Expanding Capacity, Building Resilience: New Southern Cities Initiative to Advance Economic Inclusion for Businesses and Residents of Color
It is impossible to talk about Southern culture, a region of over 125 million residents, without embracing its distinctive music, cuisines, landforms, and customs. Anyone who has as ever seen Savannah’s beautiful coastal landscape and oak trees, or dined at Mary Mahoney’s in Biloxi, Miss., would agree. Yet, the legacy of slavery and the American Civil War persists to this day and their impacts continue to yield higher poverty rates, lower median incomes, and lower educational attainment than other regions in the country.
The COVID-19 Pandemic has ravaged the entire country, affecting all communities regardless of race, ethnicity, and socioeconomic status. It affected small towns and large cities without prejudice yet exacerbated significant racial and geographic inequities, especially in the Southeastern states where the impacts are disproportionately severe. Remnants of past social injustices have persevered through the pandemic disproportionally affecting communities of color, especially in Black and LatinX communities.
According to a Pew Research study, Latino and Black adults have struggled more than Asian and White counterparts during the pandemic, with 43 percent of Black adults reporting trouble paying for bills, including medical expenses.
Economic Inclusion as a Growth Model
NLC’s Institute for Youth, Education and Families (YEF Institute) is addressing these challenges through a new peer learning and grant project that will help cities identify strategies to close the racial economic equity gaps in the Southeastern U.S. and expand economic inclusion for residents and businesses of color. Over the next two years, 16 municipalities in seven different states across the Southeast will have opportunities to learn from each other, receive technical assistance and obtain innovation grants of up to $30,000 along with assistance securing local matching funds. NLC’s Southern Cities Economic Inclusion (SCEI) initiative is a partnership made possible with support from and collaboration with the W.K. Kellogg Foundation, the Annie E. Casey Foundation, and the Federal Reserve Bank of Atlanta.
SCEI offers an opportunity for cities to create economic inclusion strategies that harness diverse funding and resources toward a growth model that offers cities, their residents and businesses, greater economic prosperity.
Centering economic inclusion as part of a targeted citywide agenda has never been more vital, as funds from the American Rescue Plan Act (ARPA) and other federal and state spending enter cities. SCEI will guide city leaders in leveraging these funds to bolster economic inclusion strategies while ensuring policy, practice, and systems change occurs to support these efforts. NLC’s YEF Institute has seen committed city leaders across a wide range of agencies use their unique positions in city government to improve the economic and financial health of individuals and families in their communities.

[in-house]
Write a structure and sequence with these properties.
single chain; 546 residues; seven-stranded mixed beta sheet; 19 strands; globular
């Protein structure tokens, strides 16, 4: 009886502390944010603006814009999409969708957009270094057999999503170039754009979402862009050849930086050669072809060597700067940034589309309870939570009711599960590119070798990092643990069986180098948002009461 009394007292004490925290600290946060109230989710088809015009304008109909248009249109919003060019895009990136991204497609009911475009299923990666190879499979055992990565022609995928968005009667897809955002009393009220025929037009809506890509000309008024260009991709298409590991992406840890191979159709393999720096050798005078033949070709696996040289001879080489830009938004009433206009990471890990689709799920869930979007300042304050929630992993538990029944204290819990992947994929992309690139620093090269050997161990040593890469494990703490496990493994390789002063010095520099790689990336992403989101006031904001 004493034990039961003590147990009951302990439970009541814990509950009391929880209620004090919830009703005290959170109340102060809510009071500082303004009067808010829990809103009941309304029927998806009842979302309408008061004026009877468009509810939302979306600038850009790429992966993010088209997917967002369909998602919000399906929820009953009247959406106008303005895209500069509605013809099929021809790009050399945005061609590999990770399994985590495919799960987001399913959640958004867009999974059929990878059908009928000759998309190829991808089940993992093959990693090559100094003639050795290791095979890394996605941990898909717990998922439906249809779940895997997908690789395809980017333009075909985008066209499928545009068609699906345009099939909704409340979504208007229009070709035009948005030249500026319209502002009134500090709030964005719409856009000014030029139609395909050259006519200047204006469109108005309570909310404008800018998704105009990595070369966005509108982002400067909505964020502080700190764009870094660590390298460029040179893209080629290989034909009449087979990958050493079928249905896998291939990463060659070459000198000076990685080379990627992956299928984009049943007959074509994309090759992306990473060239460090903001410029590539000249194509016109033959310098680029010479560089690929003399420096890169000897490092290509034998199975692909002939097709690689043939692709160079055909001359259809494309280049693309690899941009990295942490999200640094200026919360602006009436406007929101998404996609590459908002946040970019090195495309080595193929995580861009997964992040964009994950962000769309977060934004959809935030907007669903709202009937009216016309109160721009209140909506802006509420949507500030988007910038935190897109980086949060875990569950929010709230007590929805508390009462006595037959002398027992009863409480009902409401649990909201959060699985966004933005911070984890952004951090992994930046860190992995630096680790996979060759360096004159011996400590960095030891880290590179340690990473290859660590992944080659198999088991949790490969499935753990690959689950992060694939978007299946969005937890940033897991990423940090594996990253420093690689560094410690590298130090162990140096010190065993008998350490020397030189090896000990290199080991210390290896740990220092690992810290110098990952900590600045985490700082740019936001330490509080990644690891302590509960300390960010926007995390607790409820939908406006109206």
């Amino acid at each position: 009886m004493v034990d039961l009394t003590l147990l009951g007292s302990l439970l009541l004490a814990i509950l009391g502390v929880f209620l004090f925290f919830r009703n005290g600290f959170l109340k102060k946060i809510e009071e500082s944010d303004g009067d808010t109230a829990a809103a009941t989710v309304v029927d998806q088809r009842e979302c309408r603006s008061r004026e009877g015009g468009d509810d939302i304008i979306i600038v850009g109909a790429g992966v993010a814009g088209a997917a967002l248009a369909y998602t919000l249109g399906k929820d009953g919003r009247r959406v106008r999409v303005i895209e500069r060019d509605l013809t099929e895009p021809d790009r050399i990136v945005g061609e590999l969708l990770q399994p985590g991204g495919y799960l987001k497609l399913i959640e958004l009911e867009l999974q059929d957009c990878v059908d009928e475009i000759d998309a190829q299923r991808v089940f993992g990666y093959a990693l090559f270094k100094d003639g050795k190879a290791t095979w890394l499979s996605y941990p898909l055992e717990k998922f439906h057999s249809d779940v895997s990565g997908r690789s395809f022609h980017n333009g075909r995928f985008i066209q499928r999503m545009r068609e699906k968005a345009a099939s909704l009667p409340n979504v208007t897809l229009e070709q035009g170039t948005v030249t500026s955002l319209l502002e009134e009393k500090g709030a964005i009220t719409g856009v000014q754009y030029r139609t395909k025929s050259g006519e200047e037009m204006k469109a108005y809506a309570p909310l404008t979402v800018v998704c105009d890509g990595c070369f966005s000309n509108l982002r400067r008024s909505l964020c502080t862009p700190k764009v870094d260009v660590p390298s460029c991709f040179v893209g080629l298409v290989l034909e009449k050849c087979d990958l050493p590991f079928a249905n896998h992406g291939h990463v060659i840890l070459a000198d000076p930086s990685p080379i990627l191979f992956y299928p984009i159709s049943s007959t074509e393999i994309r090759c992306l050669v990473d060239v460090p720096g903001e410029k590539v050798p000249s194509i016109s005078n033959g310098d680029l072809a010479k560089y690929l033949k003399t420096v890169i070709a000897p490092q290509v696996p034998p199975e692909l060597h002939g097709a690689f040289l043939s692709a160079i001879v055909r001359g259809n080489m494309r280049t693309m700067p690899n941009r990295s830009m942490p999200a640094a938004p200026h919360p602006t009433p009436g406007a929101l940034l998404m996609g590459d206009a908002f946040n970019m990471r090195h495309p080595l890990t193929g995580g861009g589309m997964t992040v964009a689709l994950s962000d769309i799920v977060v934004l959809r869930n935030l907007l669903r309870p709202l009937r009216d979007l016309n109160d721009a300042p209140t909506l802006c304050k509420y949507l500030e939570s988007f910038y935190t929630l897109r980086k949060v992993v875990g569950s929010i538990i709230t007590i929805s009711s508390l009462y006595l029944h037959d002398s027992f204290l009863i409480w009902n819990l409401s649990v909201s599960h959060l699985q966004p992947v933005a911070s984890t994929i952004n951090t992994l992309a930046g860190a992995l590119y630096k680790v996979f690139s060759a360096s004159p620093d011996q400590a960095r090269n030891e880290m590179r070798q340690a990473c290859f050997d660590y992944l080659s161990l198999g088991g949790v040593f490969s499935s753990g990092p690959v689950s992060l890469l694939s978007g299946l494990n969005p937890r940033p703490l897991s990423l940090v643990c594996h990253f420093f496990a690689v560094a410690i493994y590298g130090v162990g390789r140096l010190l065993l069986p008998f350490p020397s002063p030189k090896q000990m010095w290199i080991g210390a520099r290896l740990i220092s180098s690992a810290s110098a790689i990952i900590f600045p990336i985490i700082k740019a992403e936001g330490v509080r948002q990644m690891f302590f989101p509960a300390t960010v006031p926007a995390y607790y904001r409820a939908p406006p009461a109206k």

Additionally, through long-standing relationships with local community-based organizations and philanthropy, these local leaders will be pioneering new ways to leverage current and added resources to work across departments and to scale up economic inclusion for low- and moderate-income families. As the first step in this journey with NLC, participating cities will complete an economic inclusion assessment using a tool developed by PolicyLink and the Annie E. Casey Foundation.
Cities leaders are setting their sights on what is possible over the longer-term, with added investment, resources, and capacity.
Approximately $65 billion of ARPA funding flowing through cities and states provides the opportunity for city leaders to transform lives. SCEI has the potential to bring cities together to share viable solutions, a sharp vision, and a shared understanding that equitable and intentional actions are a critical opportunity at this time to ameliorate persistent social injustices.
City representatives and Mayors across the seven states that have been targeted for this initiative are excited at the opportunity to be part of the SCEI cohort and share their strategies. Some cities are planning to focus on strategies that meld capacity and relationship building with community partners and those organizations that are on the ground, seeing firsthand the needs of community members.
“We are committed to building capacity to implement more inclusion strategies with the goal of closing racial equity gaps,” Mayor Indya Kincannon said. “Working together, with other like-minded cities, would help us explore additional systems to help us do this critical work.”
While other cities are hoping to invest in more efficient data collection strategies to ensure equitable outcomes are achieved for all residents.
The initiative is using a new approach to meet cities where they are based on their program goals and capacity constraints by providing them with technical assistance and leadership support through two interconnected peer groups – one cohort will focus on implementation and the other on leadership development. Cities will be selected based on high-level municipal and civic leadership to support innovative local economic inclusion policies and programs and a commitment to utilizing a racial equity lens.
SCEI will offer the sixteen selected cities the opportunity to create strategies grounded in equitable practices to bring economic vibrancy to marginalized and underrepresented communities. NLC and its partners in this effort are excited to welcome the project cities and begin this important work with the selected cities.
Stay tuned – On February 23rd NLC will share which 16 cities were selected for the project through a public press announcement and on the project website.